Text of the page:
2011 ASABE Annual International Meeting
The CO 2 emissions were measured in environmental rooms in 15 animal operation studies, including studies of dairy cow, steer, swine, turkey, laying hen and broiler. The objectives of this paper are to summarize CO 2 emission data in these 15 studies;, to investigate the possible diet effect; and to evaluate the performance of the CO 2 balance approach to estimate ventilation rate (VR) of animal houses. Lower CO 2 emissions were observed from steers fed diets containing 60% DDGs as compared to that from steers fed the control diets (0% DDGs). Significant differences in CO2 emissions were observed among different studies for each species of broiler, laying hen, swine, and steer, which could be the result of different management practices, different stages of production, or different weather conditions. In 10 out of the 15 studies, the measured CO2 emissions were significantly larger than the estimated CO2 productions, which could represent the corresponding amount of CO2 generation that was not accounted in the metabolic CO 2 production as well as uncertainties in measurements of CO2 emissions. The overall R2 was 0.97 when treating each of the 15 studies as one data point. The relative differences between measured and estimated VR were in the range of 6.3% to 20.5%. Uncertainties in estimated VR in dairy cow studies were relatively large because the relatively large variations in measured CO2 emissions in these studies were not well represented by the relatively constant estimated CO2 production values.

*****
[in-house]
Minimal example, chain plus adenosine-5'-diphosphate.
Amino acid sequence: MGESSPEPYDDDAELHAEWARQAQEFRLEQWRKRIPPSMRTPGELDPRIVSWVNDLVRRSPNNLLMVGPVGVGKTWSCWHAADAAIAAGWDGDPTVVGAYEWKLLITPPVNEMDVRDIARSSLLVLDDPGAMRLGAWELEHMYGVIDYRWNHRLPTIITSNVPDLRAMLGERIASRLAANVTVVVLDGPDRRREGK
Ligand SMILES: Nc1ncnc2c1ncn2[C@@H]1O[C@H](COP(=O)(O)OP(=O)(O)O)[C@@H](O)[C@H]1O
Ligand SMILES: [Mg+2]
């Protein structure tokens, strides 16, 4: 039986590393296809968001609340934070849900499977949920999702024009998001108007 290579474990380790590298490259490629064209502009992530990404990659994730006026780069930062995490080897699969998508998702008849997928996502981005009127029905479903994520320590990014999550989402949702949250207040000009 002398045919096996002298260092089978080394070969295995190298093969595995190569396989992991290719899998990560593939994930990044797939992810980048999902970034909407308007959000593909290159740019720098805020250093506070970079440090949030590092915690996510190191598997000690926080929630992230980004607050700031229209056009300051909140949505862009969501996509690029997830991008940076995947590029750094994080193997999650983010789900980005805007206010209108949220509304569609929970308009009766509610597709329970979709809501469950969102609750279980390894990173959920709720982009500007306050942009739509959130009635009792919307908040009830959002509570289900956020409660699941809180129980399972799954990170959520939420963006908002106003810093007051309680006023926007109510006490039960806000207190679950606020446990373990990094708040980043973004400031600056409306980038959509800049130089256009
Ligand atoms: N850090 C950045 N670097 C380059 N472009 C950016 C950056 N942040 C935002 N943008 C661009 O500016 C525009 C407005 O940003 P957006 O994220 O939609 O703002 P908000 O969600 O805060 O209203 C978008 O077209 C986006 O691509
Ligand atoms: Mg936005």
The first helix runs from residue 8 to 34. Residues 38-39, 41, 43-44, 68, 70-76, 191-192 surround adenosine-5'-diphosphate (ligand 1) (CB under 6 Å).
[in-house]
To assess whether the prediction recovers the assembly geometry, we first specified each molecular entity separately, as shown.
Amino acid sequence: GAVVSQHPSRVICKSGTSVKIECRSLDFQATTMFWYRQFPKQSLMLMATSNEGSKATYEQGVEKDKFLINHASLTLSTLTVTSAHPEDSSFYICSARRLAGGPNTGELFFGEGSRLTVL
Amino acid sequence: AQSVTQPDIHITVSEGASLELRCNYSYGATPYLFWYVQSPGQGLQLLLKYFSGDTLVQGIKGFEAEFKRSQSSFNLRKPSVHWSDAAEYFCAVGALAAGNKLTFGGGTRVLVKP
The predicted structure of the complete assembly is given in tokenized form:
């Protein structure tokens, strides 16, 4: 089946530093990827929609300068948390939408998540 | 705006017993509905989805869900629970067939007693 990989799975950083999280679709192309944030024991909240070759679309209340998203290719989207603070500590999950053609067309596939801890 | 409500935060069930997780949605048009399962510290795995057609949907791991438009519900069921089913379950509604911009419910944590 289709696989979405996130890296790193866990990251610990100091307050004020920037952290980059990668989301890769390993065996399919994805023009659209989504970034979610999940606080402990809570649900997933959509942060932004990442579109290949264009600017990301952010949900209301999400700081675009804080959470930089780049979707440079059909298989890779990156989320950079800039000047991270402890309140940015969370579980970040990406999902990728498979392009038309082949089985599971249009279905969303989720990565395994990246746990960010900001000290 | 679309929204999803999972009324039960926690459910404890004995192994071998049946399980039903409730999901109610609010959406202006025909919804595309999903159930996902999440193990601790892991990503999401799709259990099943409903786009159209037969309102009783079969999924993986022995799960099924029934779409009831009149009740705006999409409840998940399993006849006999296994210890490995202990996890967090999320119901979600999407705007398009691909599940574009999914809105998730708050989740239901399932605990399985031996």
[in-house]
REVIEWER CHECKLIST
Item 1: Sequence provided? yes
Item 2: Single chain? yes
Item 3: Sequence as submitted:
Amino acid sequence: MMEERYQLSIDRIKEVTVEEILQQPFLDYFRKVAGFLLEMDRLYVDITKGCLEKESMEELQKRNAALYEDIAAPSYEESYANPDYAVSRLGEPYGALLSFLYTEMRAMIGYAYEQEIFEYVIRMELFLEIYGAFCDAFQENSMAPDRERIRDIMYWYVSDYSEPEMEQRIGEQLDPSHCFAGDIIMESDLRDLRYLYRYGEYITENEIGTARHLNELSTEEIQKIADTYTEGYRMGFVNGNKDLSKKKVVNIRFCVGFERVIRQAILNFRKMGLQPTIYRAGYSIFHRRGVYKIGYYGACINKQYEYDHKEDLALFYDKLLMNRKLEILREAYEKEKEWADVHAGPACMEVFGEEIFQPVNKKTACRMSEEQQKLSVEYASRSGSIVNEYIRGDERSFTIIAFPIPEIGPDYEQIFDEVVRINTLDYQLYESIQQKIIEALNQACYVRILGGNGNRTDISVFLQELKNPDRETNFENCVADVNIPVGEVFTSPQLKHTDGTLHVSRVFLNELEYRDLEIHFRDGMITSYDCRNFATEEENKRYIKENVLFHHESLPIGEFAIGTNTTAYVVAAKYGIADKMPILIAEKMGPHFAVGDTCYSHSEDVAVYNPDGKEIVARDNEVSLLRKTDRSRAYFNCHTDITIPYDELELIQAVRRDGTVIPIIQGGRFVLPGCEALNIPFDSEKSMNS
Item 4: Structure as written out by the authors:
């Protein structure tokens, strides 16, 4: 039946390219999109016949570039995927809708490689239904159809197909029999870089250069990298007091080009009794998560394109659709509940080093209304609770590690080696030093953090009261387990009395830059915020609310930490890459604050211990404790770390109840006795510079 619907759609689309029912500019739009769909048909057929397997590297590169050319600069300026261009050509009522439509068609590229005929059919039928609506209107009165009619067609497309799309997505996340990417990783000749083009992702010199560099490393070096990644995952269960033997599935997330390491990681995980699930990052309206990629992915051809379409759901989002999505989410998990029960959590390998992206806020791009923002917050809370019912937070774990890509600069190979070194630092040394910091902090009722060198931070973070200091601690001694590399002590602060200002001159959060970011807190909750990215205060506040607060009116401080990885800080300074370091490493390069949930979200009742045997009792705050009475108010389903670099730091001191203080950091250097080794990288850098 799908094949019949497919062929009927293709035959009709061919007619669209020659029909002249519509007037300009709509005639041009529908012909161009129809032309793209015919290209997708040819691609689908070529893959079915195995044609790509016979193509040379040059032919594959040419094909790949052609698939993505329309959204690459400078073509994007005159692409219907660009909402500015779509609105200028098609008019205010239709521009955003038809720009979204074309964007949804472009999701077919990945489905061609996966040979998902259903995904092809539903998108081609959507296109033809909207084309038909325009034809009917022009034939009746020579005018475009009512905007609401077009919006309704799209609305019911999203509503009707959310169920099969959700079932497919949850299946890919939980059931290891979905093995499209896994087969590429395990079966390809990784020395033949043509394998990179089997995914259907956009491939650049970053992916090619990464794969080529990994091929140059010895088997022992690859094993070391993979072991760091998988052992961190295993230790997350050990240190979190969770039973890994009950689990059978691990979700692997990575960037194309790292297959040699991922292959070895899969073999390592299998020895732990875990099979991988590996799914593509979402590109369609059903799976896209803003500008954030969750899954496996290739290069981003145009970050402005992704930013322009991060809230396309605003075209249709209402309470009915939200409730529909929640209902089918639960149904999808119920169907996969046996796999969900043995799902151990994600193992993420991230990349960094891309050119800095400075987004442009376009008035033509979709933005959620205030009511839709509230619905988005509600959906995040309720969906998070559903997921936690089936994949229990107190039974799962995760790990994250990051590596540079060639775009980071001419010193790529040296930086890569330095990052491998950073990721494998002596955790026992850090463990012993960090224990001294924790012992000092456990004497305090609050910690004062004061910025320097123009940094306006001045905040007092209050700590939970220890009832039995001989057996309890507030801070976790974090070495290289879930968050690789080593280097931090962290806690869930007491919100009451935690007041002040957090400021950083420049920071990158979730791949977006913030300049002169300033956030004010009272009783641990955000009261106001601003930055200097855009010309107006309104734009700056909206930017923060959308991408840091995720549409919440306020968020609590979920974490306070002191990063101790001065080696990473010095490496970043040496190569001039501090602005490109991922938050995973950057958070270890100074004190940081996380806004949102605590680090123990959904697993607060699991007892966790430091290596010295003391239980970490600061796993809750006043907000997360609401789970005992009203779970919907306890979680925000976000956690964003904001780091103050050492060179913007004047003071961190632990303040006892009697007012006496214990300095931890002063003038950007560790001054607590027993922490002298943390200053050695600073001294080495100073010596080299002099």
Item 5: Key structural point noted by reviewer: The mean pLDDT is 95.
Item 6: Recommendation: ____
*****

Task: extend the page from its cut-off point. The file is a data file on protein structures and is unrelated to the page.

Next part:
American Society of Agricultural and Biological Engineers
Liu, Zifei; Powers, Wendy J.; and Harmon, Jay D., "CO2 Balance and Estimation of Ventilation Rates in Animal Studies" (2011). Agricultural and Biosystems Engineering Conference Proceedings and Presentations. 106.